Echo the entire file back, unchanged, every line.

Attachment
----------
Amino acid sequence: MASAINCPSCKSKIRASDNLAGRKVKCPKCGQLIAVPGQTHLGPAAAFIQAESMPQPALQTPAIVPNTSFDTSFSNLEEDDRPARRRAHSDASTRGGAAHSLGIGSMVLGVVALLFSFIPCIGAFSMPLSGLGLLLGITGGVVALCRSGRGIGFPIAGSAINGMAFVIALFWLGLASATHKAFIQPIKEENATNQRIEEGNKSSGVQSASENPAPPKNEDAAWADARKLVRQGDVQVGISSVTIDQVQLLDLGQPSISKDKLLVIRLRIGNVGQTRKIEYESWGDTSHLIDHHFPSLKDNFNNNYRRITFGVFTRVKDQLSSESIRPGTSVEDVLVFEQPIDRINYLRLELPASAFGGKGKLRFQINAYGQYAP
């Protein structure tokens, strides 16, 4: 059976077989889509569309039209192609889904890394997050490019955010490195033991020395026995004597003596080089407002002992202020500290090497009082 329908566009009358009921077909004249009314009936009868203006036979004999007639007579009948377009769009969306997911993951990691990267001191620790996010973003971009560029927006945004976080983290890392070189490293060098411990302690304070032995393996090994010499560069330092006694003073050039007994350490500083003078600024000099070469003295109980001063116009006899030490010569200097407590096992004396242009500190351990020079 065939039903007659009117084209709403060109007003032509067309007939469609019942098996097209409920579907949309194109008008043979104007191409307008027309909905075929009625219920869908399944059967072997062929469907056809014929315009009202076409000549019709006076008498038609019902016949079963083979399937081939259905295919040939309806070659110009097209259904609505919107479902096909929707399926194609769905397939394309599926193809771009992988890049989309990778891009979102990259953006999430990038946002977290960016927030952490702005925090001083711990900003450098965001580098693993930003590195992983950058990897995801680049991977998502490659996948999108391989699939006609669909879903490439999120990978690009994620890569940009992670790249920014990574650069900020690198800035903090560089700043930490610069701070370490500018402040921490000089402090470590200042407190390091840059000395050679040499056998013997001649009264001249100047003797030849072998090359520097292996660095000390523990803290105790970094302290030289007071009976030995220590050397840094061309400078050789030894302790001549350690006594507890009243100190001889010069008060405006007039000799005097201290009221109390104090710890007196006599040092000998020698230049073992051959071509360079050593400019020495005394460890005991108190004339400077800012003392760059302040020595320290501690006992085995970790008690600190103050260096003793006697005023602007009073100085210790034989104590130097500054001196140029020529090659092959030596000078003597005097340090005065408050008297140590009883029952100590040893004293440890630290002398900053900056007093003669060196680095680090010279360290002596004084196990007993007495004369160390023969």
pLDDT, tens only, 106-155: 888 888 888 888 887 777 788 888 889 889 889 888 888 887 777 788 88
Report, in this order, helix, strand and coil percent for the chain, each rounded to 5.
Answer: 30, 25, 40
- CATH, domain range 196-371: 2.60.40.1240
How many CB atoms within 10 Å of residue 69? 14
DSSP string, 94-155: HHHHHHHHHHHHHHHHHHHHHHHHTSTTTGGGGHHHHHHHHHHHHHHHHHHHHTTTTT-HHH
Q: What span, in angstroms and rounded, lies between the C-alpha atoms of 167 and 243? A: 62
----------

Amino acid sequence: MASAINCPSCKSKIRASDNLAGRKVKCPKCGQLIAVPGQTHLGPAAAFIQAESMPQPALQTPAIVPNTSFDTSFSNLEEDDRPARRRAHSDASTRGGAAHSLGIGSMVLGVVALLFSFIPCIGAFSMPLSGLGLLLGITGGVVALCRSGRGIGFPIAGSAINGMAFVIALFWLGLASATHKAFIQPIKEENATNQRIEEGNKSSGVQSASENPAPPKNEDAAWADARKLVRQGDVQVGISSVTIDQVQLLDLGQPSISKDKLLVIRLRIGNVGQTRKIEYESWGDTSHLIDHHFPSLKDNFNNNYRRITFGVFTRVKDQLSSESIRPGTSVEDVLVFEQPIDRINYLRLELPASAFGGKGKLRFQINAYGQYAP
């Protein structure tokens, strides 16, 4: 059976077989889509569309039209192609889904890394997050490019955010490195033991020395026995004597003596080089407002002992202020500290090497009082 329908566009009358009921077909004249009314009936009868203006036979004999007639007579009948377009769009969306997911993951990691990267001191620790996010973003971009560029927006945004976080983290890392070189490293060098411990302690304070032995393996090994010499560069330092006694003073050039007994350490500083003078600024000099070469003295109980001063116009006899030490010569200097407590096992004396242009500190351990020079 065939039903007659009117084209709403060109007003032509067309007939469609019942098996097209409920579907949309194109008008043979104007191409307008027309909905075929009625219920869908399944059967072997062929469907056809014929315009009202076409000549019709006076008498038609019902016949079963083979399937081939259905295919040939309806070659110009097209259904609505919107479902096909929707399926194609769905397939394309599926193809771009992988890049989309990778891009979102990259953006999430990038946002977290960016927030952490702005925090001083711990900003450098965001580098693993930003590195992983950058990897995801680049991977998502490659996948999108391989699939006609669909879903490439999120990978690009994620890569940009992670790249920014990574650069900020690198800035903090560089700043930490610069701070370490500018402040921490000089402090470590200042407190390091840059000395050679040499056998013997001649009264001249100047003797030849072998090359520097292996660095000390523990803290105790970094302290030289007071009976030995220590050397840094061309400078050789030894302790001549350690006594507890009243100190001889010069008060405006007039000799005097201290009221109390104090710890007196006599040092000998020698230049073992051959071509360079050593400019020495005394460890005991108190004339400077800012003392760059302040020595320290501690006992085995970790008690600190103050260096003793006697005023602007009073100085210790034989104590130097500054001196140029020529090659092959030596000078003597005097340090005065408050008297140590009883029952100590040893004293440890630290002398900053900056007093003669060196680095680090010279360290002596004084196990007993007495004369160390023969």
pLDDT, tens only, 106-155: 888 888 888 888 887 777 788 888 889 889 889 888 888 887 777 788 88
Report, in this order, helix, strand and coil percent for the chain, each rounded to 5.
Answer: 30, 25, 40
- CATH, domain range 196-371: 2.60.40.1240
How many CB atoms within 10 Å of residue 69? 14
DSSP string, 94-155: HHHHHHHHHHHHHHHHHHHHHHHHTSTTTGGGGHHHHHHHHHHHHHHHHHHHHTTTTT-HHH
Q: What span, in angstroms and rounded, lies between the C-alpha atoms of 167 and 243? A: 62